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Wednesday, November 27, 2013

Lest We Forget: NYC Education Corruption and the Case of James T. Stein and Jerry Olshaker

Cover-Up Charged in School Official's Sex-Abuse Case

Published: October 11, 1991

In what investigators described as a cover-up by an "old boys' network," two current and two former officials of the New York City Board of Education were accused yesterday of conducting a cursory investigation of a colleague's conviction for sexually abusing a child and then letting him keep his job.

The two current officials are James T. Stein, who was dismissed by Schools Chancellor Joseph A. Fernandez as the $68,394-a-year head of the office that hears appeals by teachers disciplined for misconduct, and Howard S. Tames, the $95,000-a-year head of the office that tests and licenses teachers. Mr. Tames, who received a "severe reprimand" from Mr. Fernandez, heads the office that replaced the Board of Examiners last year.
Mr. Fernandez also dismissed Jerry Olshaker, a $71,000-a-year administrator of food supply who pleaded guilty in 1987 to sexually abusing a neighbor's daughter in Matawan, N.J.
A report by Edward Stancik, the Deputy Commissioner of Investigation for the city's schools, said Mr. Stein appointed a three-person panel that was made up entirely of associates of Mr. Olshaker to review the arrest. The report said the panel, loath to dismiss a well-regarded colleague, deliberately avoided seeking out the facts behind the sex charges. Mr. Stancik said the officials seemed "visibly shaken" when they later learned those details during the course of his investigation. 'One Big Happy Family'.
"They didn't want to know the truth," Mr. Stancik said, describing the officials as an "old boys' network." "The department of personnel acted like one big happy family. When someone got into trouble the family took care of it."
The record on the entire episode was secreted for four years in the top drawer of Mr. Stein's desk instead of being placed in the appropriate board file, the report said.
Mr. Stancik's office, part of the city's Department of Investigation, was created last year to be independent of the board after disclosures that the board's own investigatory arm was doing a poor job of policing corruption.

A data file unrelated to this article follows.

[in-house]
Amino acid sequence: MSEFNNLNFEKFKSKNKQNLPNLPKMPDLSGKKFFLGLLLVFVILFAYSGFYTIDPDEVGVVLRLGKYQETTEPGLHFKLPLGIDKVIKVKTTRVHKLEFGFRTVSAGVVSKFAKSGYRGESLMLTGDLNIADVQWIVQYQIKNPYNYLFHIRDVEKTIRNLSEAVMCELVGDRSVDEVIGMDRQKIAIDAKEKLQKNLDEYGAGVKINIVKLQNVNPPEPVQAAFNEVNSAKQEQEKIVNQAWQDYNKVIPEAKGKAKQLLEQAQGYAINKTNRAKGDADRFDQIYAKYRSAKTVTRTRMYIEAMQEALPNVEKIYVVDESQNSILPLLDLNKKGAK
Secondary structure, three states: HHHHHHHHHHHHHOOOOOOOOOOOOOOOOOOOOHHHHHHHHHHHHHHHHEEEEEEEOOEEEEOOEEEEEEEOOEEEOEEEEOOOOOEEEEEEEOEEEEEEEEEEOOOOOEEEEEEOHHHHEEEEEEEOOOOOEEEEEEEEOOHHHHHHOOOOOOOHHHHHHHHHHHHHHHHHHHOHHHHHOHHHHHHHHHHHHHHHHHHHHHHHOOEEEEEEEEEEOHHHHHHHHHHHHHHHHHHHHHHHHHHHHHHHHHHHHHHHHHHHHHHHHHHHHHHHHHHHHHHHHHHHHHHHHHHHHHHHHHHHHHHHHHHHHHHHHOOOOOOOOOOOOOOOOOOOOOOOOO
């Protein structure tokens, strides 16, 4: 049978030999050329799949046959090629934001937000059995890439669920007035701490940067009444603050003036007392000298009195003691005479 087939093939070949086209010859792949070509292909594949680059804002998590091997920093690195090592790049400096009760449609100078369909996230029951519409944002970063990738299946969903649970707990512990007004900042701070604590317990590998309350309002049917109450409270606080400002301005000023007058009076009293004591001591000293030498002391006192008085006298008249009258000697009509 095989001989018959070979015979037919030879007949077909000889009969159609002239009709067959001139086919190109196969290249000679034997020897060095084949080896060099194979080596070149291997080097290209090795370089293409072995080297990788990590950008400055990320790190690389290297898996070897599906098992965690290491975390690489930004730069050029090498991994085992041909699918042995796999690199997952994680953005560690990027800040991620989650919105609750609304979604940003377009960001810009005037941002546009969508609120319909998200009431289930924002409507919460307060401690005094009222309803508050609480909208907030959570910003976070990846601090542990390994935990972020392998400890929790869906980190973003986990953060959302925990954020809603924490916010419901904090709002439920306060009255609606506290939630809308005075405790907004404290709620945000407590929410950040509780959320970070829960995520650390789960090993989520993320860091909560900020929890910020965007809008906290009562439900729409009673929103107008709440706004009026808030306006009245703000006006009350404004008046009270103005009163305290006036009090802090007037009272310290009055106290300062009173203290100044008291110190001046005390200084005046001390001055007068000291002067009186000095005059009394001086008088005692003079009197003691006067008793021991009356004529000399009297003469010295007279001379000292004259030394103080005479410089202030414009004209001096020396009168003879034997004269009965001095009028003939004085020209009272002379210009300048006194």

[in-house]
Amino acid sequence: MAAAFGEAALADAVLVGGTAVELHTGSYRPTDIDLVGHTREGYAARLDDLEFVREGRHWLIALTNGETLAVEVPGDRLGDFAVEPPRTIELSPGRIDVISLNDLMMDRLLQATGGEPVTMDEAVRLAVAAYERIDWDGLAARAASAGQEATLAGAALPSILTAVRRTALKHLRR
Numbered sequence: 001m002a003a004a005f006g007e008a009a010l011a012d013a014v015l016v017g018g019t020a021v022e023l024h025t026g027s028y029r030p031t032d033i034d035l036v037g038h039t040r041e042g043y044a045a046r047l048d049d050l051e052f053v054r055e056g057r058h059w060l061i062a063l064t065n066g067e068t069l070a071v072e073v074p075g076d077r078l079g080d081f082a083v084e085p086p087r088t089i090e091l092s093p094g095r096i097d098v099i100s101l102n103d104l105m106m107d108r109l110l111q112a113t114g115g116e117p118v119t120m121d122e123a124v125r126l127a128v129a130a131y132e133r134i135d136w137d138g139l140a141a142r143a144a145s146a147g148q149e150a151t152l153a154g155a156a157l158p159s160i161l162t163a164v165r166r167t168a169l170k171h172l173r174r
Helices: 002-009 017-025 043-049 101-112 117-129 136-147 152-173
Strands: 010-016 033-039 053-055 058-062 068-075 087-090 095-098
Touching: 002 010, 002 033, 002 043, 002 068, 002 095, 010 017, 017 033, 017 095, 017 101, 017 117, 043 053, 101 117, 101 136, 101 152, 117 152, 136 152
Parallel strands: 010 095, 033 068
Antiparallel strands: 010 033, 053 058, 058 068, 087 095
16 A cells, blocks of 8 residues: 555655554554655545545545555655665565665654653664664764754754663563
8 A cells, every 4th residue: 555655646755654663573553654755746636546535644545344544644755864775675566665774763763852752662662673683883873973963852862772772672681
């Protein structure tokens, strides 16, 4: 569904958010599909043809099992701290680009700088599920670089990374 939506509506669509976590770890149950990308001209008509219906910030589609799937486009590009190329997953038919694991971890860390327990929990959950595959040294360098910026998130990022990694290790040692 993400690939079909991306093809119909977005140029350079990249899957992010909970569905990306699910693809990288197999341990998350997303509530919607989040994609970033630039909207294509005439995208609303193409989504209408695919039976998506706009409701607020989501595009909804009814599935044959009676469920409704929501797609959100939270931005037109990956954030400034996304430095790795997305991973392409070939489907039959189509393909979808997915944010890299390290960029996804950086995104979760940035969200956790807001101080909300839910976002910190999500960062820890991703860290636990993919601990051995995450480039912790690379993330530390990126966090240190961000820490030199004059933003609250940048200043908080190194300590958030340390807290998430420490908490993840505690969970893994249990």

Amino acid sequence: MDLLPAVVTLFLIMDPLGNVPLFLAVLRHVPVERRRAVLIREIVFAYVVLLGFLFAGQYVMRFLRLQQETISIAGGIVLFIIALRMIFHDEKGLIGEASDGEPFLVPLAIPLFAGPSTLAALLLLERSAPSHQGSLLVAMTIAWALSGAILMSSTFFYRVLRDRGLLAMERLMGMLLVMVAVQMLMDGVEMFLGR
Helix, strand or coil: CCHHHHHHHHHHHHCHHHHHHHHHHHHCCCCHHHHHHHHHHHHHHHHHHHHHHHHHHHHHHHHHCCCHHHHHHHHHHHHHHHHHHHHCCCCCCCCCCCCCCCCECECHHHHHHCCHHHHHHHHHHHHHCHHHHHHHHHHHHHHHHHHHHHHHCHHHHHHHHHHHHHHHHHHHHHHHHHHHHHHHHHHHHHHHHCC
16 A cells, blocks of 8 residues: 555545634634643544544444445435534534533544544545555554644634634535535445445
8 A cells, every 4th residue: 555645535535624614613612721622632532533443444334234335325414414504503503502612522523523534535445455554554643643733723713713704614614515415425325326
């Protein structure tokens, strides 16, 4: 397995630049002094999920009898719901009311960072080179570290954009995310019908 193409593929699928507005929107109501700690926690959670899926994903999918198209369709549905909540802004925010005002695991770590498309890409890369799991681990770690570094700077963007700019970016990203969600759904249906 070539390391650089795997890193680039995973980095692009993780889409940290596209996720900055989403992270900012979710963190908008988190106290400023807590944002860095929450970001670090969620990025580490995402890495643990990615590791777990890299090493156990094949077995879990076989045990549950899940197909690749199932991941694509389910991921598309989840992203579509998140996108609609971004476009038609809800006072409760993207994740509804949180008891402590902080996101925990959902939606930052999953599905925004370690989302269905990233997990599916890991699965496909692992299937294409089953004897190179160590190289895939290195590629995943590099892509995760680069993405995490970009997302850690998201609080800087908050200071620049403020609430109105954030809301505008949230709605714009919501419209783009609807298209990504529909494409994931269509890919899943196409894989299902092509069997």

In January 1987, the 56-year-old Mr. Olshaker, then the administrator of support services in the Personnel Division, was charged with repeated acts of sexual abuse of his daughter's friend from the time the friend was 8 until she was 14. Most of the acts described in the report involved his placing of the girl's hand on his genitals.

Mr. Olshaker, a board employee since 1962, confided the arrest four months later to his immediate supervisor, Geri Morganteen, and said he intended to plead not guilty. The report said Ms. Morganteen, who resigned from the board more than a year ago, notified Mr. Stein. Mr. Stein, 56, and Edward Aquilone, executive director of the personnel division, decided, in accordance with board regulations, to convene a Personnel Review Panel to evaluate the case and recommend action. The panel was made up of Mr. Stein, Ms. Morganteen and Mr. Tames, all friends of Mr. Olshaker.

The panel, the report said, may have conducted no inquiry and, indeed, Mr. Stein, its leader, "chose not to ask" the specifics of the arrest. After seeing the Monmouth County indictment, which included no description of the acts of abuse, he had Mr. Tames and Ms. Morganteen sign a document recommending Mr. Olshaker's retention.

The report said the panel members and Mr. Aquilone, who has since retired, defended the handling of the case. The report said that Mr. Stein may also have falsified a document.
The board's regulations require a representative of the Chancellor to be part of the panel. So Mr. Stein, the report said, apparently wrote an identification next to Mr. Tames's signature that indicated he worked for the Office of School Safety, which he did not.

On June 9, 1987, Mr. Olshaker pleaded guilty and he was sentenced to three months' probation on the condition that he undergo psychotherapy. A second review panel, without any details of the plea, again recommended Mr. Olshaker's retention.

Mr. Fernandez defended his decision to let Mr. Tames remain by arguing that Mr. Tames merely went along with a process that was engineered by Mr. Stein with little knowledge of the charges at issue.